How to Handle Criticism Like Some Kind of Adult

I’ll be the first to admit that I can be cocky.

I’m certainly not egotistical about everything — most of my life is spent self-consciously over-analyzing everything I do. (For example, I forgot the word “party” earlier today and said “shebang” instead and it’s been haunting me for 11 hours now. Shebang.) There are a few areas, though, in which I have such complete confidence in myself that even I find it annoying.

Areas in which I Am Cocky

  1. I’m a pretty good writer.
  2. I’m a really good Google searcher.
  3. I have the PLU code for bananas memorized a decade after leaving the grocery industry. It’s not really a big deal. Quit applauding, you’re making me blush.

Listen, I’m no hero.

I feel good about these things. But for reasons I can’t explain — maybe because the list of things I feel good about is much smaller than my list of insecurities, or maybe because I’m an oldest child and was born eager to please — the second I receive negative feedback of any kind, I am crushed.

When I say negative feedback, I don’t mean particularly harsh criticism. And when I say crushed, I don’t mean it in the way Rocky Balboa sometimes appears to be crushed but then gets up off the mat and punches Ivan Drago in his commie face. I mean crushed in the way that a sugar cube would be if it was hanging out in a bounce house filled with joyful elephants. Crushed.

As an example, a month ago someone asked me in a kind and non-confrontational way to park in a different spot. “It’s ok for today,” he said. “Just remember for next time.”

Four entire weeks have passed and I am still sulking over this. In moments of low blood sugar, I say, “Just remember for next time” to myself in a mocking baby voice.


“I can’t park here? You can’t park here. You don’t know where I can park. I’ll park wherever I want. I’ll park on your face.” — Me all the time now.

The weird thing is that my inner critic says much meaner stuff to me all the time. Several times a day, my brain will try to shoot down some idea I have by saying the kind of horrifying things that only a psychopath would say in real life. I accept that because my inner critic is not fooled by my confidence. It knows that any self-assurance is a fairly recent, carefully constructed lie. If a stranger says something even a little critical, on the other hand, it means they’ve seen through me and they know I’m a disgusting fraud. And suddenly I’m stuck in the 7 Stages of Bruised Ego.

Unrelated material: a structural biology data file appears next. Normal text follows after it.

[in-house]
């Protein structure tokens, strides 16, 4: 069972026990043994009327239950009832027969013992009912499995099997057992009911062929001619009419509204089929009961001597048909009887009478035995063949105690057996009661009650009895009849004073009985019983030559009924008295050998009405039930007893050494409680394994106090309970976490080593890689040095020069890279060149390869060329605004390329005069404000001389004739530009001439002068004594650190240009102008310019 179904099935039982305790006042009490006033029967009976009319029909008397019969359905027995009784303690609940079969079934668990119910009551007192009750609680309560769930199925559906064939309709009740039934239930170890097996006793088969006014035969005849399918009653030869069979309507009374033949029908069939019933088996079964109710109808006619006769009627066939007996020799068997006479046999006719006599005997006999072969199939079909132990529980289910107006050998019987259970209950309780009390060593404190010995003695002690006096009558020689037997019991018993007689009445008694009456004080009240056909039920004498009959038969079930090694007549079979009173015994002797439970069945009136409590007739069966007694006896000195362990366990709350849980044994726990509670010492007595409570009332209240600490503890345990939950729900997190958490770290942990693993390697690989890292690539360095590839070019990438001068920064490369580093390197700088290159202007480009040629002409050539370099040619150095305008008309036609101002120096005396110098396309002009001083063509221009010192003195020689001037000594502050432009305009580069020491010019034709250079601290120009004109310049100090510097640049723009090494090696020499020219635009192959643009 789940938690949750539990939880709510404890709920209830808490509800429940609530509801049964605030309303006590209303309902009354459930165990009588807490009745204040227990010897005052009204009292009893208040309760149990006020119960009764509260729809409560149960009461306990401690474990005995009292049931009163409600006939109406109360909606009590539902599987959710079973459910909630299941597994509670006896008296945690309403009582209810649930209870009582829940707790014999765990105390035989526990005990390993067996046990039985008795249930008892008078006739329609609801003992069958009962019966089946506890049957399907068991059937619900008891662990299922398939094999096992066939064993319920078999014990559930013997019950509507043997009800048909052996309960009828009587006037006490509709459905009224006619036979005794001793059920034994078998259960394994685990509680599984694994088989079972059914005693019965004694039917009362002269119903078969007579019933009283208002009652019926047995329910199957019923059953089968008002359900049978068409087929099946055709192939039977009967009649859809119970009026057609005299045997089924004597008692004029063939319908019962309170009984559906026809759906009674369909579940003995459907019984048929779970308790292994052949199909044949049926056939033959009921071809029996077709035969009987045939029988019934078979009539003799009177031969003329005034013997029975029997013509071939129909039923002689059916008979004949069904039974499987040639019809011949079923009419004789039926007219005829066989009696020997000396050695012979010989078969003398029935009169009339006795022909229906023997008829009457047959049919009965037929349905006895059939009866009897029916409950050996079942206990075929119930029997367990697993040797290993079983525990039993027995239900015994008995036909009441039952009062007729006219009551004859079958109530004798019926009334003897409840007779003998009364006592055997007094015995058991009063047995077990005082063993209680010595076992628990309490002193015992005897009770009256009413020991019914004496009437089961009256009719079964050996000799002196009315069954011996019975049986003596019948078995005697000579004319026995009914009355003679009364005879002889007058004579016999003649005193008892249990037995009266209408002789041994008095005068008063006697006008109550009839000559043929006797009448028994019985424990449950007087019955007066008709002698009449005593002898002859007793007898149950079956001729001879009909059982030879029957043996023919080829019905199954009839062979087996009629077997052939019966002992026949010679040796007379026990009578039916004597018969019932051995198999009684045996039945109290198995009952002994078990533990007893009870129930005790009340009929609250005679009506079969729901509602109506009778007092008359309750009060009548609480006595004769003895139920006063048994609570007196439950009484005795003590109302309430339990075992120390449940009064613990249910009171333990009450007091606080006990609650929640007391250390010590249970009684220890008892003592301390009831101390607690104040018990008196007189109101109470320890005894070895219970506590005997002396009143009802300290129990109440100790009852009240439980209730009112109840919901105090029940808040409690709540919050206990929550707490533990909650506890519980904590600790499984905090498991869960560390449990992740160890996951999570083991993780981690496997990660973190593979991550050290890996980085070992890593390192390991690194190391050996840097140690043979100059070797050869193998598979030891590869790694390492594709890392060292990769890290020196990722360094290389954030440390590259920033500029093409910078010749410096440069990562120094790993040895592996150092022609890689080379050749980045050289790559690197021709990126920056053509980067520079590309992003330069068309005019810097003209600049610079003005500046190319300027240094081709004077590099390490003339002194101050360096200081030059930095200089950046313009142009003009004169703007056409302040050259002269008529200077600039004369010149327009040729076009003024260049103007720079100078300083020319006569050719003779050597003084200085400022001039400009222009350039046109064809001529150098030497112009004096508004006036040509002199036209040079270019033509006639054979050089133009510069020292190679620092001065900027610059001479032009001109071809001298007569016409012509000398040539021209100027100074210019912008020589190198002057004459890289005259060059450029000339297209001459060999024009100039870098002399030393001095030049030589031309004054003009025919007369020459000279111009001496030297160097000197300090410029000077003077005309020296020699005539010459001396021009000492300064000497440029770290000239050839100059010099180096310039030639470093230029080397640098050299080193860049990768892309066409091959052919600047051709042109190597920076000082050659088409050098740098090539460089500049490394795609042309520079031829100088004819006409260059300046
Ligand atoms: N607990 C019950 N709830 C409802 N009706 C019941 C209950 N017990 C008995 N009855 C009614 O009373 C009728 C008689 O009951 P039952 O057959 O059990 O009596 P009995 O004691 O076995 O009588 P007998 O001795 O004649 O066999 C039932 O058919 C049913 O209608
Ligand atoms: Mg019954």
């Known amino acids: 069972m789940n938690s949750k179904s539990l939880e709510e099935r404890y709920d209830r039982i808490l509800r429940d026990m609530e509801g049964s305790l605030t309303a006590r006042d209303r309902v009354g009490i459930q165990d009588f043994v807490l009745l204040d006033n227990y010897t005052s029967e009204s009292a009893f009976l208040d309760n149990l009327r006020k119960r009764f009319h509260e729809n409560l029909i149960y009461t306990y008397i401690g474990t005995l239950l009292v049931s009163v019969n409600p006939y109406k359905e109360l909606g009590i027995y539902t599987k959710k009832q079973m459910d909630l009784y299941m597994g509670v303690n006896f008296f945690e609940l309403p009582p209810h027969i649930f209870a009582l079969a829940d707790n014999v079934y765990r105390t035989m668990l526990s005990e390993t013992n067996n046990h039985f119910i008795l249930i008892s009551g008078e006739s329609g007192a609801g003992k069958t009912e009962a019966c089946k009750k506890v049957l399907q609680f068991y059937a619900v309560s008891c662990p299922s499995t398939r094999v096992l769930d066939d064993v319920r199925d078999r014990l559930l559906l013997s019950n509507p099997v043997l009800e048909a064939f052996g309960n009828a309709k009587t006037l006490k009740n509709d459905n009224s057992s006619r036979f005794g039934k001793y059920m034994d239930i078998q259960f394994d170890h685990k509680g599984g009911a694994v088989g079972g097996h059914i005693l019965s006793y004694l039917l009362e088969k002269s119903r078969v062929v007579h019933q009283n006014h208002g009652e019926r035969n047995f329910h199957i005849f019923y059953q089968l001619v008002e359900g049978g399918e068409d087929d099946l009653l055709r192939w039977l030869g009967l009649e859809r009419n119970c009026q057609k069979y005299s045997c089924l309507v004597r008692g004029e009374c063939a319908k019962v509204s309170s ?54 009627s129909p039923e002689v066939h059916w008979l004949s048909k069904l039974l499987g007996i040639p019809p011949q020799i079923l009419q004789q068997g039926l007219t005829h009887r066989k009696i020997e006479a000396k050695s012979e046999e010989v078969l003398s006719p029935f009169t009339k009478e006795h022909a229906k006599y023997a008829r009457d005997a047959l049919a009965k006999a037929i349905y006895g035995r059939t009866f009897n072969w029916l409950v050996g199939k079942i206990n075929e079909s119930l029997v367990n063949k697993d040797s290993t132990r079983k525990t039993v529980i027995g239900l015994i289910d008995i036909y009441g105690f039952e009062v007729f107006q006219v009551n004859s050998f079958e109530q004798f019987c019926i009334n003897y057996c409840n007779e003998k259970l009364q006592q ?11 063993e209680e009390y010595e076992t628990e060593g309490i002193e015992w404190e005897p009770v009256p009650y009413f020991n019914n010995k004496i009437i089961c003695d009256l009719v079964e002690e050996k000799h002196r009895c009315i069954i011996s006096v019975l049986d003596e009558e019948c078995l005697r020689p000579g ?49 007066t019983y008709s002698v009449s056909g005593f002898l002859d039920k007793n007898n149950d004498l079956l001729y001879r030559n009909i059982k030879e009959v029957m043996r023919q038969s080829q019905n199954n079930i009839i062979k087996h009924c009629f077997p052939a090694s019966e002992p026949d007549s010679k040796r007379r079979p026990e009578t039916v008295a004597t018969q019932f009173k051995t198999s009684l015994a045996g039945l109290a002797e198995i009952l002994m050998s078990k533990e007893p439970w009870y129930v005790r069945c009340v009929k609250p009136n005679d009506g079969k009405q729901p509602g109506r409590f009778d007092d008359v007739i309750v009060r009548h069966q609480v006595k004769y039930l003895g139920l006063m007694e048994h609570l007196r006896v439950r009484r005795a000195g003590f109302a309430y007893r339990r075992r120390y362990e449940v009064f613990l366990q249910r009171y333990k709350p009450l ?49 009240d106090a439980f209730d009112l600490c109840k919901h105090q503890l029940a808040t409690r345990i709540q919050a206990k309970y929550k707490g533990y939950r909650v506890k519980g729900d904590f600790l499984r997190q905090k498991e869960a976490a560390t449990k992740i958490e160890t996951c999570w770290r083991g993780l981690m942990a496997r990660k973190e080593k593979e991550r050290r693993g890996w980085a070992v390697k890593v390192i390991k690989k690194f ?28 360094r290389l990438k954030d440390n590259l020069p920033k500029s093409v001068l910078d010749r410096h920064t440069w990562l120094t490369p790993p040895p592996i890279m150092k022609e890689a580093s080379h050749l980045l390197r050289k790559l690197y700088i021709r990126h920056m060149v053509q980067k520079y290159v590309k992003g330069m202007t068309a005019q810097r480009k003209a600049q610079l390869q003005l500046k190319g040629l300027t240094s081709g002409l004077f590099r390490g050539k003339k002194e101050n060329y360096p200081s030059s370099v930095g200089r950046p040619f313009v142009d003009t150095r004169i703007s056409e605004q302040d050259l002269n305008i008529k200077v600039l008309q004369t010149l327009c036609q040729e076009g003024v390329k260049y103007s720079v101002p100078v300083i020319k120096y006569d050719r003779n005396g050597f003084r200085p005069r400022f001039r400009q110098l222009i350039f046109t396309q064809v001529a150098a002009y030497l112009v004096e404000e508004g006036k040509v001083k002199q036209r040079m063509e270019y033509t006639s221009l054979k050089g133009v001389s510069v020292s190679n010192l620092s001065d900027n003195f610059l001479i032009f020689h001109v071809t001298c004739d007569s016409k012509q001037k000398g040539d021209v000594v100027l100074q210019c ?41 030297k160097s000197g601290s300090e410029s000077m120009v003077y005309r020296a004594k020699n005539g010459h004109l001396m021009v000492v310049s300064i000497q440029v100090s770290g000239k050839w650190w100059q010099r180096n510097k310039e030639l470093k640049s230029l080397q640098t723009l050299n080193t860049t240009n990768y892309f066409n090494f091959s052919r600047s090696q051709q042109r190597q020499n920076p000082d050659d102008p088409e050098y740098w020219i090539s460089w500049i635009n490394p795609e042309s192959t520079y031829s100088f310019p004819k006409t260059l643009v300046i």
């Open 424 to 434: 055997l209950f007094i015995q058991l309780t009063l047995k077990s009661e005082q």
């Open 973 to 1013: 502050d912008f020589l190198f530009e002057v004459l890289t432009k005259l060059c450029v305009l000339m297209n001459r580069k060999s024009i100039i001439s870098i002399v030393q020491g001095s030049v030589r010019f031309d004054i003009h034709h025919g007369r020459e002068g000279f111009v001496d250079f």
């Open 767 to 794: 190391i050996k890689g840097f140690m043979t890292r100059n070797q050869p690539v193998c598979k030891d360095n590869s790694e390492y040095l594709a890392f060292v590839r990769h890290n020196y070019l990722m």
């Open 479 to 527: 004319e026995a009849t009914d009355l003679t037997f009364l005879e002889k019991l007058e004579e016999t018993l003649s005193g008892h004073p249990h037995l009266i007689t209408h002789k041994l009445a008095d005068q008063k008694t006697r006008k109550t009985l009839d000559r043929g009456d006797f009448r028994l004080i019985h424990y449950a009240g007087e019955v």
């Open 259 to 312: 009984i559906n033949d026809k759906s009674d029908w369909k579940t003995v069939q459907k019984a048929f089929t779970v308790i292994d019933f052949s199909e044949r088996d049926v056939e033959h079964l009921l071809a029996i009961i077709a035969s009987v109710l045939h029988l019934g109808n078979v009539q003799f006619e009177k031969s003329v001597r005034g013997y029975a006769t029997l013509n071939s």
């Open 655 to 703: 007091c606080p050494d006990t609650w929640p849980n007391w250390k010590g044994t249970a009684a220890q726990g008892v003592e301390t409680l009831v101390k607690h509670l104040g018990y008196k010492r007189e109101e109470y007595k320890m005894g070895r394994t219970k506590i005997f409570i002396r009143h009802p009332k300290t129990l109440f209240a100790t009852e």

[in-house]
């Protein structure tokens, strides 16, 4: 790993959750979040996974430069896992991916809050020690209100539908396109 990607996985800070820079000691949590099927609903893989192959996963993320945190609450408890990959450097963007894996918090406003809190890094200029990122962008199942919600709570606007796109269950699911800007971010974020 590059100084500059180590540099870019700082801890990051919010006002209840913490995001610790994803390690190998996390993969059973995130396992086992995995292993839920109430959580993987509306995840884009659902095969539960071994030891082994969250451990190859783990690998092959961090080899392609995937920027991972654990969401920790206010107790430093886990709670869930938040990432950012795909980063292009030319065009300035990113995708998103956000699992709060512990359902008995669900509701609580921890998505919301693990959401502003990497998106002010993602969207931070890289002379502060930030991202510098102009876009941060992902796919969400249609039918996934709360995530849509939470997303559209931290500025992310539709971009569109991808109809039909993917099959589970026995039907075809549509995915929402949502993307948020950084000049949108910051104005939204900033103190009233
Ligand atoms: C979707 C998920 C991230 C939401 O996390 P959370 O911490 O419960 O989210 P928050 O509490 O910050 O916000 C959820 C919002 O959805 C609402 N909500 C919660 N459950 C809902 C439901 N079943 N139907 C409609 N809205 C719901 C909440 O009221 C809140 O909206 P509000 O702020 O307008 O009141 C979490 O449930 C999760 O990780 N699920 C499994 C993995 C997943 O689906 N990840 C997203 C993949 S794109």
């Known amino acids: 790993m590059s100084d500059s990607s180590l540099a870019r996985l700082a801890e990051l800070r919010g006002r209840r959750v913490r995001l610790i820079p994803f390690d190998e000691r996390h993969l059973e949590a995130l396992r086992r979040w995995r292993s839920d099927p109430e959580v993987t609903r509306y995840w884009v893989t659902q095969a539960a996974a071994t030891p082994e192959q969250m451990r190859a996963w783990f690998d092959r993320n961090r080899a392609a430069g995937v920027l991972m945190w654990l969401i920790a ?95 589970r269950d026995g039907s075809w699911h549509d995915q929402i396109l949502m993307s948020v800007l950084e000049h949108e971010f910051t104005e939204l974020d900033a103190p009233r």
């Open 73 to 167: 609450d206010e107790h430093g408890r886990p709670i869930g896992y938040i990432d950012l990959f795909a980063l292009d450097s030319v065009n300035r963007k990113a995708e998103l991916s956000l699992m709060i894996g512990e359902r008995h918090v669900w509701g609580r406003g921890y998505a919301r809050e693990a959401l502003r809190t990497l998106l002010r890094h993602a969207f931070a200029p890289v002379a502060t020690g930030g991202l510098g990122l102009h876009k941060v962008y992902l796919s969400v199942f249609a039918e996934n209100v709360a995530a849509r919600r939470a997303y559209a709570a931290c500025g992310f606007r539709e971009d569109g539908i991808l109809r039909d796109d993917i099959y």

The 7 Stages of Bruised Ego

Stage 1: Deep shame. How could I have parked in that spot? Am I some kind of animal?

Stage 2: Blind rage. How was I supposed to know not to park in that spot? What kind of stuck up, duck-footed, fart face would just assume I knew not to park there and then scream at me about it like that?

Stage 3: Internalizing. Somewhere in the back of my brain, I did know not to park there. He was so right. I am scum. I am the scum between scum’s toes. I always suspected it, and here’s the proof.

Stage 4: Giving up. What’s the point? I can’t come back from this. I should leave everything behind and go die in a cave. No, that won’t work either. I’d probably park my worthless carcass in the wrong cave.


“It’s ok to die here today. Just remember for next time.”

Stage 5: Penitence. This is what I get for being so cocky. What, I think I can just park anywhere? Like I own every spot in the lot? I sicken myself.

Stage 6: Spite. I’ll show him. I’m going to park in the right spot so well from now on. No one will ever park in that spot better than me.

Stage 7: Eventual recovery with occasional immature relapses. Man, I’m really killing parking in this lot. I bet other people wish they could park like me. Don’t park in the wrong spot, dummies. Just remember for next time, nyah, nyah, nyah.

Healthy, healthy stuff. Shockingly, this is not the way a self-actualized, well-adjusted adult handles criticism.

How Self-Actualized Adults Handle Criticism

  1. They zero-in on the helpful lesson in the feedback
  2. They recognize that feedback is not a reflection on them personally. They are not their parking spot
  3. They take a moment to cool down and consider before responding calmly
  4. They move on with their lives afterwards

That sounds great. It sounds like those self-actualized adults are saving a lot of time and energy. I’d like to be one of them someday.

Someday, I said. Today I’m going to sulk.


  1. actualconversationswithmyhusband

    I feel you. Sixteen years ago, Young Me was hurrying to move horses from paddock to barn before the rain hit, and the horse I was walking decided I was up for a jog. The barn manager called to me from inside to slow down and walk them. (Because duh and I knew better.)

    My face still burns just thinking about it. I was WRONG. I did it wrong, and I got CORRECTED. And now I’ve told you about it. Oh god, I need to go scream into a pillow.

  2. Domestic Philosopher

    This really made me laugh! I can relate to it so much. My partner once told me that I’d over boiled the potatoes and I reacted by thinking my whole existence is pointless. I will never let a potato control my emotions again.

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